A surfer or anyone who swims in the ocean is more than aware that they are not alone in the water. There are fish, sharks, and dolphins – especially off the California coast. However, no one expects to find themselves swimming alongside a swarm of great white sharks.
However, the number of great white shark sightings has dramatically increased off Southern California shores, which puts lifeguards and the Coast Guard on high alert, reports CBS News.
In one instance, the Orange County Sheriff’s Department was flying over shark-sighted waters and saw a group of paddle boarders with 15 great white sharks right next to them. Over their announcement system, the officers warned the paddle boarders to leave the water calmly.
In another instance, three great whites were found swimming in shallow waters just 50 feet away from the shoreline.
Swarms of Great Whites Clearly Visible from the Sky
With the patrols over the coast, the number of great white sightings are growing, and they are visible from the sky. The sharks are creeping into the coastline and while no one was hurt, there are talks of ocean closures. For now, however, OC Lifeguards have not closed the water, and they will only do so when the great whites are more than eight feet long and acting aggressively, reports The Washington Post.
For now, shark advisory warnings are in place. No one in the water has been bumped or charged by the great whites. Instead, they just see them swimming on the coast and some breaching the shark nets.
However, this is not the first instance of great whites in the area, and the area is known to have their share of great whites migrating through the waters off California.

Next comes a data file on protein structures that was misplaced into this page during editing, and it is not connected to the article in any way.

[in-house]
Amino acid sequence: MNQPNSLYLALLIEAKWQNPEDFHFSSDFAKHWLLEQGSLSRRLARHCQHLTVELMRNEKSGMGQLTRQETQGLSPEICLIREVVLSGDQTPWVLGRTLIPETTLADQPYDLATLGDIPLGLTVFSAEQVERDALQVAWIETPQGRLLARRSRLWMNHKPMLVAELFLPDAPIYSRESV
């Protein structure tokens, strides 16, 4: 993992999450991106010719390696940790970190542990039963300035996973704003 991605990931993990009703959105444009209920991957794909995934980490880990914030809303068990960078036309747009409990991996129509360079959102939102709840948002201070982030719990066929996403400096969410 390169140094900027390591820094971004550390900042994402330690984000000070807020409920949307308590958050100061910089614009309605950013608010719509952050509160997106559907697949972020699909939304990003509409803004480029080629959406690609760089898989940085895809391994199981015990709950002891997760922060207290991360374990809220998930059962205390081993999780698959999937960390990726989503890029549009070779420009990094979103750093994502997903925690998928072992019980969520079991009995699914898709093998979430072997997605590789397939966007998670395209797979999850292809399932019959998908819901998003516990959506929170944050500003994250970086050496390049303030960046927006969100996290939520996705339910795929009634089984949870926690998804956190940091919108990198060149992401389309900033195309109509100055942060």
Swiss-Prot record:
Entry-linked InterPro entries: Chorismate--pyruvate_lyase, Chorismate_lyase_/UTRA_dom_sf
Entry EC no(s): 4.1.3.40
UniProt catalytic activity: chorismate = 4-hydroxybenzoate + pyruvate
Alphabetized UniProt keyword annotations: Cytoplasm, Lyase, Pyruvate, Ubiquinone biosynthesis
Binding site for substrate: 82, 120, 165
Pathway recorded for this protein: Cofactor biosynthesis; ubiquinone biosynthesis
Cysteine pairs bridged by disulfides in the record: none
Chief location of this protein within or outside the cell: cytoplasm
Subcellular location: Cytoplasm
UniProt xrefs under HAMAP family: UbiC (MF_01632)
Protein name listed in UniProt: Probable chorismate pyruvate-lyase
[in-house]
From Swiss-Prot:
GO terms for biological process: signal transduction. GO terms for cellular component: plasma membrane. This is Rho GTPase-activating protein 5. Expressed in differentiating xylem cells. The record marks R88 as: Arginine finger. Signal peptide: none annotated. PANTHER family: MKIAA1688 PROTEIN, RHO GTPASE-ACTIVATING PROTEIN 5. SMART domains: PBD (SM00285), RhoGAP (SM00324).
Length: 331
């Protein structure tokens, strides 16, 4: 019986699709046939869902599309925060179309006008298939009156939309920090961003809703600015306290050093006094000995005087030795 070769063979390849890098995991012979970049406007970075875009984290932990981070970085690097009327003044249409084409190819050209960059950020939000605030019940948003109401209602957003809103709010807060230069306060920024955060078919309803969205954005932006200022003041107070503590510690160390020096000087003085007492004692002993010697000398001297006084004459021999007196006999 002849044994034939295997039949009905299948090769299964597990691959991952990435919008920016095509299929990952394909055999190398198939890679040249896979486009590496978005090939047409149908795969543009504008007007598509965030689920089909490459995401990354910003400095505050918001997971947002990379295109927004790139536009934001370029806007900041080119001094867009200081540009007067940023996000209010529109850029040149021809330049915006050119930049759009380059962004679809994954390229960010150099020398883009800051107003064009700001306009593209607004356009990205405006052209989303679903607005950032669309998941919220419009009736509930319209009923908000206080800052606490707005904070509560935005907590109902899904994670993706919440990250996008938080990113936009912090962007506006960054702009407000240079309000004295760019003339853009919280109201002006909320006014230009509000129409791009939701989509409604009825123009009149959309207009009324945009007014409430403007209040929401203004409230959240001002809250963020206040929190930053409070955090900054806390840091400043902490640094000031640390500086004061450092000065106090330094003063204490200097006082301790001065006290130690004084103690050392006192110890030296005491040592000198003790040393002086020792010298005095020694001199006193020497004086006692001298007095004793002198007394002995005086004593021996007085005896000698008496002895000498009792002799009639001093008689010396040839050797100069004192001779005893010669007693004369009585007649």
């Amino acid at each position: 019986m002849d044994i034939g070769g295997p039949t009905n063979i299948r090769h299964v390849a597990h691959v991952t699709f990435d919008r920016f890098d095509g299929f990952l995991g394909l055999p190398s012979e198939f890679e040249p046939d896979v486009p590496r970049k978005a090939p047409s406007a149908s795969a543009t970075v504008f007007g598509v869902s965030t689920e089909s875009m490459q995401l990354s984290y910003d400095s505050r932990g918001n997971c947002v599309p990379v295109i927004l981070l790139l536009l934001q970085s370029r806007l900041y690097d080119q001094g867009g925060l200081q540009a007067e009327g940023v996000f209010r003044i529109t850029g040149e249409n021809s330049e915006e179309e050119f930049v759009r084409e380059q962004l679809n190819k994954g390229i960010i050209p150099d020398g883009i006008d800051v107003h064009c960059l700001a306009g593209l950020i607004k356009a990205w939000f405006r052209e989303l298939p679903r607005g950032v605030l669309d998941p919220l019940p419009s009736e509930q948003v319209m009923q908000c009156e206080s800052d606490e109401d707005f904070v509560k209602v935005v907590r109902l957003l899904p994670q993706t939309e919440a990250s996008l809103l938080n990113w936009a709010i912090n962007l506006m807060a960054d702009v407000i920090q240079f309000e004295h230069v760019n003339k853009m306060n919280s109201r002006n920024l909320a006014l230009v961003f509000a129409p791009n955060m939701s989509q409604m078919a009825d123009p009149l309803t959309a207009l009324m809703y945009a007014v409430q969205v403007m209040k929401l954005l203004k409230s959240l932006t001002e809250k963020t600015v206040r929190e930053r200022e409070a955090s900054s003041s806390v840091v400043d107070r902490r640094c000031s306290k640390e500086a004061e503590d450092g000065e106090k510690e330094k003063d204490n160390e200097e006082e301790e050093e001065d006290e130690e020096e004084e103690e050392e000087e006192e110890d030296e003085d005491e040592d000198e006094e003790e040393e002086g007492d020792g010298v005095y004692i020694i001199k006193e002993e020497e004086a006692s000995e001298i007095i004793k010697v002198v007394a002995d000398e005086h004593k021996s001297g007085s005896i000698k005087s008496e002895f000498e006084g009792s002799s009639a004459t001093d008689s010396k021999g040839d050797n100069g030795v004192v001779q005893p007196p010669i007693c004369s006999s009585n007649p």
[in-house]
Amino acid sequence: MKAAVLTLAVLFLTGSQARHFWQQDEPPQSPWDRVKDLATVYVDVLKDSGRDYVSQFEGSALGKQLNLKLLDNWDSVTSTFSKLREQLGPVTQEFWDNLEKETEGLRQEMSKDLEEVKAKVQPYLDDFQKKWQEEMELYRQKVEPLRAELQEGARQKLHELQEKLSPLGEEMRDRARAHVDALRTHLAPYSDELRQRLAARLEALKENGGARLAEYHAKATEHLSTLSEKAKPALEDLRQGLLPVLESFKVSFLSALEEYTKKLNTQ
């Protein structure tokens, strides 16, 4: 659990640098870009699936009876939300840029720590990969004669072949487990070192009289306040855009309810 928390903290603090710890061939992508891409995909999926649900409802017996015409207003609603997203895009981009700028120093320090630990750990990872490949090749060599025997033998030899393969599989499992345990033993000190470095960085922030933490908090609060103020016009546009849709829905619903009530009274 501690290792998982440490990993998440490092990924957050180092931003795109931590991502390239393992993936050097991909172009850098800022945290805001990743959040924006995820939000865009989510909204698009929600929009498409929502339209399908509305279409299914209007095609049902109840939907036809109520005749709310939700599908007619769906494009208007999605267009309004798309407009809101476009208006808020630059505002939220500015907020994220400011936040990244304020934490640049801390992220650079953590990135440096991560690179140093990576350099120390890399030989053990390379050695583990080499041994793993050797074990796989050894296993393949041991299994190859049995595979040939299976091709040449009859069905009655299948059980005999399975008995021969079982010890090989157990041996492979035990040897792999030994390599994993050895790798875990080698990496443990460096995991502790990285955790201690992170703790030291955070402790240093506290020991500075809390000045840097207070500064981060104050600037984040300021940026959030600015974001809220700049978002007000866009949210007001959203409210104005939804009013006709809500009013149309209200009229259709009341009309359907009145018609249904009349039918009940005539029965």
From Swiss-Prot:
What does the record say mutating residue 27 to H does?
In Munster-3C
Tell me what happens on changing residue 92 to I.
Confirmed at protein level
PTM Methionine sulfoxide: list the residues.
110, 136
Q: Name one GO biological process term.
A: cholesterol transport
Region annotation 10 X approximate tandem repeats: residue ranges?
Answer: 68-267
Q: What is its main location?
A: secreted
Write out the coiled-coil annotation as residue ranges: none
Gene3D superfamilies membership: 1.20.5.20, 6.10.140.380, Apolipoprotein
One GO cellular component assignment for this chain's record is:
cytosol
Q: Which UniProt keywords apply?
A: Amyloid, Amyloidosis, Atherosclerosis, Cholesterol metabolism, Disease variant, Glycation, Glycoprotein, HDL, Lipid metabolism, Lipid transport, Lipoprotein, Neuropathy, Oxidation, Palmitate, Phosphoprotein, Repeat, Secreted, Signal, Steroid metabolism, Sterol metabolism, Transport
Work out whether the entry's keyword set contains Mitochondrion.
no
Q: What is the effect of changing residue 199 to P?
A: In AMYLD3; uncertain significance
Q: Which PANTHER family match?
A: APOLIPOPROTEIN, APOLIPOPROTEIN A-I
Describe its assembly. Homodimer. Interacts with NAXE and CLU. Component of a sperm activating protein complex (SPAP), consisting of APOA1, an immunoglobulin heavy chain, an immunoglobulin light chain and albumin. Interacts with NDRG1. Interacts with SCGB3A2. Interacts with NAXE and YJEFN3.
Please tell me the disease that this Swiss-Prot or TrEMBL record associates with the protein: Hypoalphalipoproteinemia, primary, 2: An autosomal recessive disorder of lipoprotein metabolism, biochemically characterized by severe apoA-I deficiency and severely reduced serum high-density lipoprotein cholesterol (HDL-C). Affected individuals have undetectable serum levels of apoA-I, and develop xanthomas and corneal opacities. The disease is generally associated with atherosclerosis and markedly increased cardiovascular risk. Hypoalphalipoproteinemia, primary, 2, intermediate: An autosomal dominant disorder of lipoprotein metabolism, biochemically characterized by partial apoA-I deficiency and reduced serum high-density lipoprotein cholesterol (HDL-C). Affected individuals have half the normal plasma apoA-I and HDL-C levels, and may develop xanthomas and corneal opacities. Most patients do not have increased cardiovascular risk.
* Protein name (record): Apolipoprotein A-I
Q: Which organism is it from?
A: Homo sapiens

Three Levels of Shark Warnings
The lifeguards point out that there are three types of advisories posted along the Southern California beaches. The first is a shark sighting, which means sharks have been confirmed in the area, but no aggressive behavior associated with the sighting. The second is a warning status, which means atypical and aggressive shark behavior noted. The third is the closure, which only occurs if an attack is confirmed.
One Woman Attacked Off San Onofre State Beach
In a separate sighting from Capistrano Beach in Dana Point, a woman was bitten by a shark on April 29. She survived the attack, and an advisory was issued for those in the area. The reports of additional sightings continue to roll in, and while beaches are not closed, they could be very soon if another attack occurs, reports the OC Register.
Why So Many Great Whites in the Area?
Sharks along the California coast are not unusual, but this many in a single season is rare. Experts believe that there are more people using smartphones, which might account for the increased sightings. Also, the El Nino conditions in 2016 created warmer temperatures, which keep great whites lingering around the coast. They will quickly return when spring ends to the depths of the ocean, but warmer waters bring out sharks and swimmers alike.
With more sharks spotted and an equal number of surfers and swimmers in the area, more attacks could climb over the next few weeks. Great whites can grow to 20 feet long and weigh over 4,000 pounds. Adults measure anywhere from 11 to 16 feet on average.
While great whites are predators, they are not dangerous to humans. Most people who are attacked by great whites live to tell the story because great whites only bite people out of accident – not purposely.